Krysti Shallenberger, Alaska’s Energy Desk


Krysti Shallenberger reports on climate, energy and natural resources development for KYUK. She travels to Alaska by way of Washington D.C., where she was an editor at Utility Dive, a trade publication, and a reporting fellow at E&E News. Krysti also reported in Wyoming, Montana and Alabama. She holds a master's in journalism from the University of Montana, focusing on natural resource and environmental issues.

Strong westerly winds blowing towards the Western Alaska coast could cause more erosion. Coastal villages from Newtok up to Hooper Bay are warned to tie down any loose property and move it away from the coast, if possible. The National Weather Service says that these winds will last through Saturday.

Ten resolutions passed during the Association of Village Council Presidents’ annual convention last week, and only one failed. That’s a huge change from last year, when AVCP passed one resolution that it introduced and tabled the rest. AVCP says that what happened last year was because the resolutions were not submitted by deadline.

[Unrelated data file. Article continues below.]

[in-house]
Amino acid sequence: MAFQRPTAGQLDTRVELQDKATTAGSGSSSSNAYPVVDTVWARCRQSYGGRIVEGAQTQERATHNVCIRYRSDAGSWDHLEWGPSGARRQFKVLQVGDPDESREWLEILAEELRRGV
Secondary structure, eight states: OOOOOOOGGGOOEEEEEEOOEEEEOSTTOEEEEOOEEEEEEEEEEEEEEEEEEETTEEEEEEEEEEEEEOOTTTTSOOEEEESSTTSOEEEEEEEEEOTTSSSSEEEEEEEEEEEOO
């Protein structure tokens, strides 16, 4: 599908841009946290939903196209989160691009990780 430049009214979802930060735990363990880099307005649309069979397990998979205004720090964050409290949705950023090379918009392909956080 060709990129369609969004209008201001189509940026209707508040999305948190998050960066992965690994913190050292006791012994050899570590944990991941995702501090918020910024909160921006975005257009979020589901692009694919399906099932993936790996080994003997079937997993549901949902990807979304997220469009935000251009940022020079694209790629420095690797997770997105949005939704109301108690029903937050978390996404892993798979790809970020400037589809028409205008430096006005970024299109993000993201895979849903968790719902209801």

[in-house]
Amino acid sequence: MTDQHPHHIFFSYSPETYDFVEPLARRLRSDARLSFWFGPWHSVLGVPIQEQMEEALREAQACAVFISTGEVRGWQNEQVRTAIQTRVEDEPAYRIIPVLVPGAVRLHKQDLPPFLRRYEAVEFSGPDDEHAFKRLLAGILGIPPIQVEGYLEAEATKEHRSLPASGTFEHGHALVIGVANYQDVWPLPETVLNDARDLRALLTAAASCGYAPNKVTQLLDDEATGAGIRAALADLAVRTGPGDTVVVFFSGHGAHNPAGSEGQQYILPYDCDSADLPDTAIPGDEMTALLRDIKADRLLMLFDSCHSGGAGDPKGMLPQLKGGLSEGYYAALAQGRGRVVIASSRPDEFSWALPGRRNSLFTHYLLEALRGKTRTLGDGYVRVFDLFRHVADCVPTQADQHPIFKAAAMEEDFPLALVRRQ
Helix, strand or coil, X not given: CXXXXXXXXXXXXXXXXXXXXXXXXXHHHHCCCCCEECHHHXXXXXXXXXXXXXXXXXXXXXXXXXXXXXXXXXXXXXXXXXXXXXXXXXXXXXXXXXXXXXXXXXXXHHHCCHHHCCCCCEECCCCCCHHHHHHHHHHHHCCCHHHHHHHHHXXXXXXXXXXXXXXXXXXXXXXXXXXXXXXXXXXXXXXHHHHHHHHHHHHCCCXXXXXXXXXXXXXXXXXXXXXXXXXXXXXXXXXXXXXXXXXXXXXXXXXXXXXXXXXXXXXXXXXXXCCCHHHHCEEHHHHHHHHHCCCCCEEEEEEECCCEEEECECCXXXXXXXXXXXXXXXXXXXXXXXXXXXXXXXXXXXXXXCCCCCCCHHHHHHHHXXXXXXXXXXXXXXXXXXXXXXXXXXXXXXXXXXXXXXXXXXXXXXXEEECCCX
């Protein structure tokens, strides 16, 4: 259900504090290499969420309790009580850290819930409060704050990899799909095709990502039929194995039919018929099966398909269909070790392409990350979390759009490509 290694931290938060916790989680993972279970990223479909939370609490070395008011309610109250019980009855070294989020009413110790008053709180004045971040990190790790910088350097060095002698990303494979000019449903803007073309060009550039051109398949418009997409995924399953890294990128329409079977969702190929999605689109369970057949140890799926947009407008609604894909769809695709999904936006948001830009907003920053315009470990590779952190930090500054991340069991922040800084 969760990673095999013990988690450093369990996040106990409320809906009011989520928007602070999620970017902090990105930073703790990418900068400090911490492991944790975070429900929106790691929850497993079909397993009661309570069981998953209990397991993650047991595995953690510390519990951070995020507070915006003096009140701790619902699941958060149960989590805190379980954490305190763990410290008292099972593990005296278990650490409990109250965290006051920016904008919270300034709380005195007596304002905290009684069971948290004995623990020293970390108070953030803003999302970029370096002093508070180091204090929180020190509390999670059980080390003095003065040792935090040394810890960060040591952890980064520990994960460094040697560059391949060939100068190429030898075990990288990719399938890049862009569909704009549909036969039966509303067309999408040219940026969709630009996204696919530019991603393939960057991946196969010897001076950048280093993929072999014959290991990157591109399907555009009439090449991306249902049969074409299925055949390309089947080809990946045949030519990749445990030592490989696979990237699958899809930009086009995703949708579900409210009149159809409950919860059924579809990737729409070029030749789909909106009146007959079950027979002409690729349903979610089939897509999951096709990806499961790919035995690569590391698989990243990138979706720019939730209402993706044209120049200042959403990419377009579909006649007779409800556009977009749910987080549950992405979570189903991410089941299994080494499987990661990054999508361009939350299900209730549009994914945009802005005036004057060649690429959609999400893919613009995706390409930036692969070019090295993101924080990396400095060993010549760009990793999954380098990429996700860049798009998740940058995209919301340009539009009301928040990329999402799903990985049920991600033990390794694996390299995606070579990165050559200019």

Katie Basile / KYUK

Red Devil Part III 

Rebecca Wilmarth can see the empty school building across her lawn in Red Devil, Alaska. It shut down in 2009 and for a while, willows and alders shrouded it from view. Wildland firefighters recently cut them back to reveal a brown building with blue trim. For a place that’s been abandoned for 10 years, it appears in remarkably good shape.

Katie Basile / KYUK

 Red Devil Part II

Leann Morgan stands at a makeshift table on bank of the Kuskokwim River, cutting a huge northern pike. Leann and her father, Joe Morgan, make pike a regular part of their subsistence diet. They eat salmon, lush, and sheefish. In the fall, they hunt moose. But the pike they eat contain high levels of mercury. So high, in fact, that the federal government issued a warning to Elders, children, and pregnant women to limit how much they eat from the area. But Leann and Joe aren’t worried.

Katie Basile / KYUK

This is a three-part series reported from a village of 20 people on the Upper Kuskokwim River that stands to gain the most from the proposed Donlin Mine. Many villages in the region are conflicted over the mine. Red Devil was built by mining almost 100 years ago and now carries a toxic legacy of mine pollution, but to most of its residents, the Donlin Gold mine represents hope. Like so many communities in Alaska, resource extraction is both a lifeline and a risk.